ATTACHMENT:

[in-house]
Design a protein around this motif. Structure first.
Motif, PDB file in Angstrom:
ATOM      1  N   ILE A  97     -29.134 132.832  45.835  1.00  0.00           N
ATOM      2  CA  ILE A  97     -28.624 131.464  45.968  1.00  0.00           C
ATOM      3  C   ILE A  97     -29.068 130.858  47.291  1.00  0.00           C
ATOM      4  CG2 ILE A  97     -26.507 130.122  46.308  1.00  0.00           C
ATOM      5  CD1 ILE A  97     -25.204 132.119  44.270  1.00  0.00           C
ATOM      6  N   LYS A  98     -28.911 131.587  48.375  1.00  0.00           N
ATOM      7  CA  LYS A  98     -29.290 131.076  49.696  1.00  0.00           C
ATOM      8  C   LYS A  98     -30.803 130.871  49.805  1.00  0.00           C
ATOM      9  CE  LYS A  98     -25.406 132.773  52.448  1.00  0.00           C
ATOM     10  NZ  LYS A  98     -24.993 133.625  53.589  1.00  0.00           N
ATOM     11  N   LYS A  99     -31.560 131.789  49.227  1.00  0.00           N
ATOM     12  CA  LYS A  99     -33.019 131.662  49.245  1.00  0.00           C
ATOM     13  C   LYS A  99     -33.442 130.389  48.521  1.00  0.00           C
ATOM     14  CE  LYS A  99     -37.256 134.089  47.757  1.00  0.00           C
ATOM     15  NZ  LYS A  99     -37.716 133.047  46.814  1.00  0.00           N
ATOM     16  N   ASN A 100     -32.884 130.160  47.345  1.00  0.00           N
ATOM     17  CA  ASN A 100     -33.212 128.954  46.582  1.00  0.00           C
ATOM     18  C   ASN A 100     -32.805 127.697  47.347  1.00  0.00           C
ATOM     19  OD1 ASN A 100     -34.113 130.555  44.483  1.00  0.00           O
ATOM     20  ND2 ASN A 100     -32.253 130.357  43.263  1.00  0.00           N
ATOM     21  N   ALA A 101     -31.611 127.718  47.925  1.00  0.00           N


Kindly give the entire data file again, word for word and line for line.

[in-house]
Design a protein around this motif. Structure first.
Motif, PDB file in Angstrom:
ATOM      1  N   ILE A  97     -29.134 132.832  45.835  1.00  0.00           N
ATOM      2  CA  ILE A  97     -28.624 131.464  45.968  1.00  0.00           C
ATOM      3  C   ILE A  97     -29.068 130.858  47.291  1.00  0.00           C
ATOM      4  CG2 ILE A  97     -26.507 130.122  46.308  1.00  0.00           C
ATOM      5  CD1 ILE A  97     -25.204 132.119  44.270  1.00  0.00           C
ATOM      6  N   LYS A  98     -28.911 131.587  48.375  1.00  0.00           N
ATOM      7  CA  LYS A  98     -29.290 131.076  49.696  1.00  0.00           C
ATOM      8  C   LYS A  98     -30.803 130.871  49.805  1.00  0.00           C
ATOM      9  CE  LYS A  98     -25.406 132.773  52.448  1.00  0.00           C
ATOM     10  NZ  LYS A  98     -24.993 133.625  53.589  1.00  0.00           N
ATOM     11  N   LYS A  99     -31.560 131.789  49.227  1.00  0.00           N
ATOM     12  CA  LYS A  99     -33.019 131.662  49.245  1.00  0.00           C
ATOM     13  C   LYS A  99     -33.442 130.389  48.521  1.00  0.00           C
ATOM     14  CE  LYS A  99     -37.256 134.089  47.757  1.00  0.00           C
ATOM     15  NZ  LYS A  99     -37.716 133.047  46.814  1.00  0.00           N
ATOM     16  N   ASN A 100     -32.884 130.160  47.345  1.00  0.00           N
ATOM     17  CA  ASN A 100     -33.212 128.954  46.582  1.00  0.00           C
ATOM     18  C   ASN A 100     -32.805 127.697  47.347  1.00  0.00           C
ATOM     19  OD1 ASN A 100     -34.113 130.555  44.483  1.00  0.00           O
ATOM     20  ND2 ASN A 100     -32.253 130.357  43.263  1.00  0.00           N
ATOM     21  N   ALA A 101     -31.611 127.718  47.925  1.00  0.00           N